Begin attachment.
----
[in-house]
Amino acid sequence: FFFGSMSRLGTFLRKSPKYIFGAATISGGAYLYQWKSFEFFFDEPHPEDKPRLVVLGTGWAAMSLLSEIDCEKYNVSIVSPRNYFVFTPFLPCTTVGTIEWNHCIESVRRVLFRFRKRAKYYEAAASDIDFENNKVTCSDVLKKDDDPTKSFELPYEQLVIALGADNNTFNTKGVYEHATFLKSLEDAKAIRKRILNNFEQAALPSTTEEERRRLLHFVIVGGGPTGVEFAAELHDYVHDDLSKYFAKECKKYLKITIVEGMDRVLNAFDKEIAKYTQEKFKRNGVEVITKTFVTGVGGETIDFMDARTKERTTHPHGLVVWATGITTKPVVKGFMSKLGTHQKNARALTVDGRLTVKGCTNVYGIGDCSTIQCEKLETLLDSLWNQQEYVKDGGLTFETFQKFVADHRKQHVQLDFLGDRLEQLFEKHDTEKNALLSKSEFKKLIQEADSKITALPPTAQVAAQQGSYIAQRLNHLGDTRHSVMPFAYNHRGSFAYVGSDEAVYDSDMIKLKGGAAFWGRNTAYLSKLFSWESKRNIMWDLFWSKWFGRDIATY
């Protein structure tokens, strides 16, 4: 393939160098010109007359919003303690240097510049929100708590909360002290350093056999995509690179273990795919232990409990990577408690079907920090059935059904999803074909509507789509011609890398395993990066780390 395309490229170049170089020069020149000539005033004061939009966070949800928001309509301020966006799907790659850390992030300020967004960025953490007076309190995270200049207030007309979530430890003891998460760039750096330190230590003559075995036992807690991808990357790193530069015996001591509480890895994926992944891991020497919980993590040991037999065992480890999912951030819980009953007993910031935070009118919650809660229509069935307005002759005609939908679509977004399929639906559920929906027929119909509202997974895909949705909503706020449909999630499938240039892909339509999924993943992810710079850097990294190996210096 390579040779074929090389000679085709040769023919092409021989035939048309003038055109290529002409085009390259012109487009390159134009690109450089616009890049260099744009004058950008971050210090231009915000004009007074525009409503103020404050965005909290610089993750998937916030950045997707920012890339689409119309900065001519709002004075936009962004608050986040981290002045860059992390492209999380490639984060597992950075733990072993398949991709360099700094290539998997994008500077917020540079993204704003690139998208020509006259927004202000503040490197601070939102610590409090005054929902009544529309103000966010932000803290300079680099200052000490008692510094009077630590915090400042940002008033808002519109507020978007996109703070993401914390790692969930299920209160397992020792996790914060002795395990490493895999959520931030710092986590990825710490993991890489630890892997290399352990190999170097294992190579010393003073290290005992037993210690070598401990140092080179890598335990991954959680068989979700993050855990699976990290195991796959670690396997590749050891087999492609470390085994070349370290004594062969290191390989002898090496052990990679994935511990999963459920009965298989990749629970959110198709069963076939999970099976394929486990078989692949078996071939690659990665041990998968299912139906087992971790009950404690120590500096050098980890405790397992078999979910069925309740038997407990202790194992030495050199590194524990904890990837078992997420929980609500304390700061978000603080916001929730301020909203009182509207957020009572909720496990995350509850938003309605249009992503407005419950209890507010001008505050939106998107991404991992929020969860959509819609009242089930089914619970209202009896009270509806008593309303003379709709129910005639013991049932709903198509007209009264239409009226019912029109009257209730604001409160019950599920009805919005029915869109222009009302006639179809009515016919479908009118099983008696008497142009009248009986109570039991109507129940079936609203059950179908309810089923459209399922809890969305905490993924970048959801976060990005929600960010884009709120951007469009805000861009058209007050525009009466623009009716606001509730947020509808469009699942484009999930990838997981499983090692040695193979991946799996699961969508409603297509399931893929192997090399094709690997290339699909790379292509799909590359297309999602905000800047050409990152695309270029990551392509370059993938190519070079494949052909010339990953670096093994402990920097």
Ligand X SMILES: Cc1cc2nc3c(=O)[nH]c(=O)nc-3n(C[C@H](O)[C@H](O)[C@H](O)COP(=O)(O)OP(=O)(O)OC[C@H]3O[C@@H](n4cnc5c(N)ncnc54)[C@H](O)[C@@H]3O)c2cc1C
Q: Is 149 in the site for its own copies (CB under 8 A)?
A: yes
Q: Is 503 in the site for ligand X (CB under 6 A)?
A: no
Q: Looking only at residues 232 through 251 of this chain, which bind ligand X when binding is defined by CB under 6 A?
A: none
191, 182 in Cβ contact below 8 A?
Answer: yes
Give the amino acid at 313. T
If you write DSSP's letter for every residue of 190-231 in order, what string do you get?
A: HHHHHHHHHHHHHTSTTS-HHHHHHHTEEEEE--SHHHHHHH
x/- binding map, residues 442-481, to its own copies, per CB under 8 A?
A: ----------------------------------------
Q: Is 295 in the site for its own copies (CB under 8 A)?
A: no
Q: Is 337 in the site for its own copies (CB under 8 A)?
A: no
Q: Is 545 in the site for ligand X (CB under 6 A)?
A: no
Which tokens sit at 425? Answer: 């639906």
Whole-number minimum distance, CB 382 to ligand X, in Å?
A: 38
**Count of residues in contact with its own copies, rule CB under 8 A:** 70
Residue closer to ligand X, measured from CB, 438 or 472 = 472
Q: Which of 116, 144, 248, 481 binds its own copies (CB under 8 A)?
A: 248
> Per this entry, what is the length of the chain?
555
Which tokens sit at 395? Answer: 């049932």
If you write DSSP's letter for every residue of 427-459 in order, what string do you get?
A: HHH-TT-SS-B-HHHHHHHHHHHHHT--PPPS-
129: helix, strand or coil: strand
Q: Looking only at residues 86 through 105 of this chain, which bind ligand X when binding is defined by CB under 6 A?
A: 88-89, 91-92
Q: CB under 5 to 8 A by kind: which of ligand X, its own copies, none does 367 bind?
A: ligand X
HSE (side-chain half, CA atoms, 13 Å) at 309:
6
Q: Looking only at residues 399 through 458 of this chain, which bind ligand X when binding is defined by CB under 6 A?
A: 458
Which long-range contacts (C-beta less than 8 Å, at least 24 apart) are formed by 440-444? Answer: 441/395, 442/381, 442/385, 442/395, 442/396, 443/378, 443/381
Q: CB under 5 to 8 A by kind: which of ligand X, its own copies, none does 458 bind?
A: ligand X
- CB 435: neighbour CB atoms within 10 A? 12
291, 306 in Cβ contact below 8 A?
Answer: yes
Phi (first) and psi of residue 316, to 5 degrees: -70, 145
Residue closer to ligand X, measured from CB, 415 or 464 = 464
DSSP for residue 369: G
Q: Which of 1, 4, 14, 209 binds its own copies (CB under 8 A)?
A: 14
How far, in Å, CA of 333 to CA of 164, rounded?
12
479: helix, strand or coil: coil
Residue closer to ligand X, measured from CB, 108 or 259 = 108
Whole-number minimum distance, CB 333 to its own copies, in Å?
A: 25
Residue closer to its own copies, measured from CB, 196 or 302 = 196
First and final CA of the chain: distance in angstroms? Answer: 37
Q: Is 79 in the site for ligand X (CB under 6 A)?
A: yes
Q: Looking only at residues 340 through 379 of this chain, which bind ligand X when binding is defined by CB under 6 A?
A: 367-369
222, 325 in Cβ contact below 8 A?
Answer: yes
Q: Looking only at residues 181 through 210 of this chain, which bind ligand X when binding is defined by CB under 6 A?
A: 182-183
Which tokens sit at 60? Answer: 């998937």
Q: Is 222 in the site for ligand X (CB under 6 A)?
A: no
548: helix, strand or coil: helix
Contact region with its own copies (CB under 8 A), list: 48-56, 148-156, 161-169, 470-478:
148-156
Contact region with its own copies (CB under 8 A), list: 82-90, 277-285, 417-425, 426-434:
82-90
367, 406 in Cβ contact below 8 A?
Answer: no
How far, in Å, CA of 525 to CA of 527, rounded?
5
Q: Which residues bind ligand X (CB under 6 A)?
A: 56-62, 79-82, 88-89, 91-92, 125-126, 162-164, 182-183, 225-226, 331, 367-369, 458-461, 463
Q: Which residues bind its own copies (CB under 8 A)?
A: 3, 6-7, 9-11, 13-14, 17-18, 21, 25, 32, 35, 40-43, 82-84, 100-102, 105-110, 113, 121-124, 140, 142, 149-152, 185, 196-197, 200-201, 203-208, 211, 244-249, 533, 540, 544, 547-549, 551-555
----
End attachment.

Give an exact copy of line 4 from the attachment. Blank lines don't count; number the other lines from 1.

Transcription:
Ligand X SMILES: Cc1cc2nc3c(=O)[nH]c(=O)nc-3n(C[C@H](O)[C@H](O)[C@H](O)COP(=O)(O)OP(=O)(O)OC[C@H]3O[C@@H](n4cnc5c(N)ncnc54)[C@H](O)[C@@H]3O)c2cc1C